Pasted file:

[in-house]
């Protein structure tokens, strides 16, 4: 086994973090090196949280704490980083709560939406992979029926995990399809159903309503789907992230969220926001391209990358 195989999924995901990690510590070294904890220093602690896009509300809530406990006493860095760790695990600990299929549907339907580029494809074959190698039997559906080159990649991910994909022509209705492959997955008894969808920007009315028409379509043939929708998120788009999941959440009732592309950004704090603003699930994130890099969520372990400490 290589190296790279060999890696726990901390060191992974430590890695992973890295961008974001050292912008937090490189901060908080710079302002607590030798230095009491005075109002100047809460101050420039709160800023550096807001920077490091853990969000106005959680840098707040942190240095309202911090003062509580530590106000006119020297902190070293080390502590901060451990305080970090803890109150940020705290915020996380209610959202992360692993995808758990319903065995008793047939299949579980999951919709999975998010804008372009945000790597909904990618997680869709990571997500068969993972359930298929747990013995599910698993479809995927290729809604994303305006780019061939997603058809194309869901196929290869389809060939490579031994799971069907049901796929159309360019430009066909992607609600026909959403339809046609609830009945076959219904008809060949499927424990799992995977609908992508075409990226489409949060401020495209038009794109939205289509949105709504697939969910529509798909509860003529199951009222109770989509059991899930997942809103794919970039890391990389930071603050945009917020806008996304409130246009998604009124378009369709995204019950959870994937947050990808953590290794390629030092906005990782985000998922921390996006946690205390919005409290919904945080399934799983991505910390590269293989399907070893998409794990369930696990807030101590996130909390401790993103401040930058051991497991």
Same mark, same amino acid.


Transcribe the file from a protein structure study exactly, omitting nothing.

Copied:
[in-house]
């Protein structure tokens, strides 16, 4: 086994973090090196949280704490980083709560939406992979029926995990399809159903309503789907992230969220926001391209990358 195989999924995901990690510590070294904890220093602690896009509300809530406990006493860095760790695990600990299929549907339907580029494809074959190698039997559906080159990649991910994909022509209705492959997955008894969808920007009315028409379509043939929708998120788009999941959440009732592309950004704090603003699930994130890099969520372990400490 290589190296790279060999890696726990901390060191992974430590890695992973890295961008974001050292912008937090490189901060908080710079302002607590030798230095009491005075109002100047809460101050420039709160800023550096807001920077490091853990969000106005959680840098707040942190240095309202911090003062509580530590106000006119020297902190070293080390502590901060451990305080970090803890109150940020705290915020996380209610959202992360692993995808758990319903065995008793047939299949579980999951919709999975998010804008372009945000790597909904990618997680869709990571997500068969993972359930298929747990013995599910698993479809995927290729809604994303305006780019061939997603058809194309869901196929290869389809060939490579031994799971069907049901796929159309360019430009066909992607609600026909959403339809046609609830009945076959219904008809060949499927424990799992995977609908992508075409990226489409949060401020495209038009794109939205289509949105709504697939969910529509798909509860003529199951009222109770989509059991899930997942809103794919970039890391990389930071603050945009917020806008996304409130246009998604009124378009369709995204019950959870994937947050990808953590290794390629030092906005990782985000998922921390996006946690205390919005409290919904945080399934799983991505910390590269293989399907070893998409794990369930696990807030101590996130909390401790993103401040930058051991497991």
Same mark, same amino acid.